Class of 2022
Major: Symbolic Systems
Platform highlights: Course fee reductions within individual academic departments; concerns for Bridge Peer Counseling and FLI representation in mental health issues.
Why we chose him: Even though Mustafa is a freshman, he already has an extraordinarily clear and realistic idea of how the Senate actually works. Within that knowledge, Mustafa knows exactly how he can execute his own goals through this governing body in an efficient and effective way. In his interview, Mustafa talked about ensuring that each senator follows this same ideal — that each has a distinct set of individual propositions that are realistic, instead of trying to solve every issue on campus. To this end, Mustafa has highlighted specific changes to create course fee reductions for FLI and non-FLI students in general. His work in this realm has already involved meetings with multiple administrators, with the Financial Aid Office, and with the FLI community. Because Mustafa is already so proactive in helping this specific issue, we are optimistic that his senatorship would help him further realize his platform goals while benefitting multiple communities within the university.
Class of 2021
Majors: Philosophy and computer science
Platform highlights: Increasing support for CAPS to decrease wait times, reforming ASSU funding policies, banning student course fees
Why we chose him: Jonathan displayed a strong sense of priorities in both his interview and platform, emphasizing his desire to reform the labyrinth of ASSU/SSE funding policies. He currently serves on the Board of Directors for SSE, which gives us confidence that he has the right expertise and knows the right people to execute this task. Furthermore, he had substantive ideas for improving the representation of minority voices, drawn from his experience serving on the Academic Senate Committee on Undergraduate Standards and Policies and with Long-Range Planning. His no-nonsense agenda paired with his experience have us convinced that he can instate meaningful change.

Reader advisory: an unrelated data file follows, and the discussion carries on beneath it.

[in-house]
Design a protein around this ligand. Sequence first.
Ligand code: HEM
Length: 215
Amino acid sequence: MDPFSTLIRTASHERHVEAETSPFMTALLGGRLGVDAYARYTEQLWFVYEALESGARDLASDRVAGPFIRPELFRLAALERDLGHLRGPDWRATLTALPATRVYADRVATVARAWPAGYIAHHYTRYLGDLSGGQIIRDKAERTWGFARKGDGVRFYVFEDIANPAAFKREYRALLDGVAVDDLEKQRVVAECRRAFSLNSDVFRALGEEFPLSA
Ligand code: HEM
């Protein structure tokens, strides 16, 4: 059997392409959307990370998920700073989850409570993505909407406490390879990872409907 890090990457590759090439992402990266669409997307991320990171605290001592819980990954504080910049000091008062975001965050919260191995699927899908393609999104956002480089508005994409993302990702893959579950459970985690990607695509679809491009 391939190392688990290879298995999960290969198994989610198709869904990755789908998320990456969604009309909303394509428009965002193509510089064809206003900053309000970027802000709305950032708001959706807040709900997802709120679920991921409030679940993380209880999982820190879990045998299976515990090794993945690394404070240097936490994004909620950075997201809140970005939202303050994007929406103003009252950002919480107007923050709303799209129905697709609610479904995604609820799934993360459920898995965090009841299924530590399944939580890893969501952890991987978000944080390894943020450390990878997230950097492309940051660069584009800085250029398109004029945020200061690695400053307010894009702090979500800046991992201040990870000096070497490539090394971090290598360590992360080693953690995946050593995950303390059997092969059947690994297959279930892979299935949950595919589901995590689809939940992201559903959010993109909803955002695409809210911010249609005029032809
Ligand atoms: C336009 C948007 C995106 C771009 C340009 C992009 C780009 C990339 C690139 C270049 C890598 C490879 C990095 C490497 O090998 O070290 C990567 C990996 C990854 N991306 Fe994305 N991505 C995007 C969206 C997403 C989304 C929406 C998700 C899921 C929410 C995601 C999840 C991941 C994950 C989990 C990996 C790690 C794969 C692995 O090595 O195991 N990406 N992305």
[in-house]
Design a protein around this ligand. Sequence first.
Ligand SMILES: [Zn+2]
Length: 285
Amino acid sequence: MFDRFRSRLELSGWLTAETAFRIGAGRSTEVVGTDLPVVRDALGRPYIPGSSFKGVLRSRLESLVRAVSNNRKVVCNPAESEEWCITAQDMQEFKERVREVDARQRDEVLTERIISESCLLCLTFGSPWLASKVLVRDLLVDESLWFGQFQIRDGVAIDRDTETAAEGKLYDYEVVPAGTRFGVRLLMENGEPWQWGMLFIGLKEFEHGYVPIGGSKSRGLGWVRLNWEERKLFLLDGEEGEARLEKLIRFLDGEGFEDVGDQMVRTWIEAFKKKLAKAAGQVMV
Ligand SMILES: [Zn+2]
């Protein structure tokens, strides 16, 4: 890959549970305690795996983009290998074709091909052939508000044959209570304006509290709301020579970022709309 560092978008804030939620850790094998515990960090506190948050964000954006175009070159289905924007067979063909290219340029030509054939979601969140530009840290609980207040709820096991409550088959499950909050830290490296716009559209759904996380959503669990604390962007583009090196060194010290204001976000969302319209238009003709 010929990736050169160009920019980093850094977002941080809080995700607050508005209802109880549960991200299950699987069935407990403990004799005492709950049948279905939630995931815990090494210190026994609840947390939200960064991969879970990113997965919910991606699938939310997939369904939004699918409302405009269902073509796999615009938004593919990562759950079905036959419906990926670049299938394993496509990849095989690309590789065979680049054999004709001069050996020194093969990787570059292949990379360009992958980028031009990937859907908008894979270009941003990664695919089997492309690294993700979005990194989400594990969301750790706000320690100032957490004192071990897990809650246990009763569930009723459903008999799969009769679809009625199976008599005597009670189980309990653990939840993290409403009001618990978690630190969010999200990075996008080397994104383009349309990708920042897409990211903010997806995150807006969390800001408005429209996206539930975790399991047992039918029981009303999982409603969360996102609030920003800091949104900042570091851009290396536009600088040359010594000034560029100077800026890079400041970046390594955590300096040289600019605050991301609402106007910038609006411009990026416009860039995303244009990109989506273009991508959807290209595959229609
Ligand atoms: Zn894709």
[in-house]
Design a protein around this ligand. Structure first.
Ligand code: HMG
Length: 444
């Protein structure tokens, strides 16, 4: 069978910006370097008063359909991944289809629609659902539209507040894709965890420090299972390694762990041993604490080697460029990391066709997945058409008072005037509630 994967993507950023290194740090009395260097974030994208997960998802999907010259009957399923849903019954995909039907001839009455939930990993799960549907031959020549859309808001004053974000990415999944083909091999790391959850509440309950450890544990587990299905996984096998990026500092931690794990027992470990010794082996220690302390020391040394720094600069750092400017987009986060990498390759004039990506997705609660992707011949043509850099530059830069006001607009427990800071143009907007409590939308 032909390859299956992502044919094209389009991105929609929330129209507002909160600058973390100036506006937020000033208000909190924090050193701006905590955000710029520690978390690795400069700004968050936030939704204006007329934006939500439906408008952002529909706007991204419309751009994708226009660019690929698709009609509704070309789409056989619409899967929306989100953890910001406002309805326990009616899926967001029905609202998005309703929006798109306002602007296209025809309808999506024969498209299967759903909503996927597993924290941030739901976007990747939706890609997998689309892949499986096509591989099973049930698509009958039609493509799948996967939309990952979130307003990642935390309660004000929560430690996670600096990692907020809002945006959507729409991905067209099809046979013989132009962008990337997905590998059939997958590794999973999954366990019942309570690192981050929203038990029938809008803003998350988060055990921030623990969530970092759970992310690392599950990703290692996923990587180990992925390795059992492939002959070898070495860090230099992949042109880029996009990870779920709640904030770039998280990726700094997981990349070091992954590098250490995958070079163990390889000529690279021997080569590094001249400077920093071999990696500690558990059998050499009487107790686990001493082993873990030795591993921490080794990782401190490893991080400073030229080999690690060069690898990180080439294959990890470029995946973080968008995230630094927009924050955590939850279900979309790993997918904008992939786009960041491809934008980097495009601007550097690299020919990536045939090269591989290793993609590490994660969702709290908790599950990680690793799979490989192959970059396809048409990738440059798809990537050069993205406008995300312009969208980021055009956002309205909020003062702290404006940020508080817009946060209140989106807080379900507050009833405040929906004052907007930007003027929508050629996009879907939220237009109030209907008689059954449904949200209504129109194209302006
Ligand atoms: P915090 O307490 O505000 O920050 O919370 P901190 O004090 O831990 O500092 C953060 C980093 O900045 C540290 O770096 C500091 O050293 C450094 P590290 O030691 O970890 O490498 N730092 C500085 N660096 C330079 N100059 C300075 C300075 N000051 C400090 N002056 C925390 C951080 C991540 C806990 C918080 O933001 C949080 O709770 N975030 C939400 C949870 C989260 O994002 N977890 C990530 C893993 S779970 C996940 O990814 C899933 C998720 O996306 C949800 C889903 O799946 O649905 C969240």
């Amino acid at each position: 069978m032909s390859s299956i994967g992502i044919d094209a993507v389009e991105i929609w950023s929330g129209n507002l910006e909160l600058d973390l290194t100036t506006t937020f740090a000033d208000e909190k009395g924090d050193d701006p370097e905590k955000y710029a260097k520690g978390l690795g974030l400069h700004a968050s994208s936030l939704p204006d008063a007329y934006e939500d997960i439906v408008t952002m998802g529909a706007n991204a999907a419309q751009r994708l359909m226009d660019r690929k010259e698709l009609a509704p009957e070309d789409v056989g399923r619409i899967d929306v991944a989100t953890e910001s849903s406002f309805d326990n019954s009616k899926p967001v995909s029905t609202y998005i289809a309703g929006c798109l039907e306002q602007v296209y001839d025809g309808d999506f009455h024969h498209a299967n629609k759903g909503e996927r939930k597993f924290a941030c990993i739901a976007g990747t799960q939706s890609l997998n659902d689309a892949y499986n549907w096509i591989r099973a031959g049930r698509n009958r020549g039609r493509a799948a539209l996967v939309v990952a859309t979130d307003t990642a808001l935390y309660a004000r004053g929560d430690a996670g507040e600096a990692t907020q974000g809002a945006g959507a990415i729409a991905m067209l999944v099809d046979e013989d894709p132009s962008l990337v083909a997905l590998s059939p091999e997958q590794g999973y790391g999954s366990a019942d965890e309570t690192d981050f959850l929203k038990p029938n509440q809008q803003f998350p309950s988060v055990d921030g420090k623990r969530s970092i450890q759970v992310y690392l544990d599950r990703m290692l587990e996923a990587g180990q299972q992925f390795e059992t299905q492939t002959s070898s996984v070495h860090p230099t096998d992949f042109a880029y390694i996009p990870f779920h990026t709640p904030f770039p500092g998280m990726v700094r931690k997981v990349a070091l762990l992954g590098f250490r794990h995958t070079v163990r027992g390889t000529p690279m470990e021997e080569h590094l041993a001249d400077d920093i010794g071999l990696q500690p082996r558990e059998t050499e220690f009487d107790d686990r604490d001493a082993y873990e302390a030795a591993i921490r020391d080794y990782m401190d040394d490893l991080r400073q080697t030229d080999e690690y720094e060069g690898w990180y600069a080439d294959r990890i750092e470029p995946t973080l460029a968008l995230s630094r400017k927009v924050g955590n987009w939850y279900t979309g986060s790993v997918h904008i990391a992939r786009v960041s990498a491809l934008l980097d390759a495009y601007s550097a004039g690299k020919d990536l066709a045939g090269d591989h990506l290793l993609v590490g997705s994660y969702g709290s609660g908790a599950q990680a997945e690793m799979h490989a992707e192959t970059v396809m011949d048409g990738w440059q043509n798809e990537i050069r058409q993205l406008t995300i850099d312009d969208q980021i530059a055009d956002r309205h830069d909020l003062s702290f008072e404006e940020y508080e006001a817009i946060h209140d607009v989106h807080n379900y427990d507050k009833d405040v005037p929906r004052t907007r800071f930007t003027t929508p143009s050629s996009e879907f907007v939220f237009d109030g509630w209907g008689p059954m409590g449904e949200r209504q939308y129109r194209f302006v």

Class of 2022
Majors: Earth systems and political science
Platform highlights: Expanded opportunities for FLI students; making mental health initiatives more student-driven; increasing grant money for a “student experience fund”; streamlining the process for reporting sexual assaults.
Why we picked him: The Daily was thoroughly impressed with Sam’s institutional knowledge and understanding of Stanford’s internal procedures. The fact that he has this awareness as a freshman speaks volumes about his potential to serve as a student leader in the years to come. Sam also has extensive experience working with administrators and politicians, as his mental health initiatives in his home state of Alaska readily reveal. His platform is heavily focused on the well-being of students and we believe that he has the charisma and know-how to forward those goals during his potential tenure as a senator.
GRADUATE STUDENT COUNCIL
Class of 2020
Ph.D. candidate in Division of Literatures, Cultures and Languages
Platform highlights: Combatting grad student isolation, improving affordability for graduate students at Stanford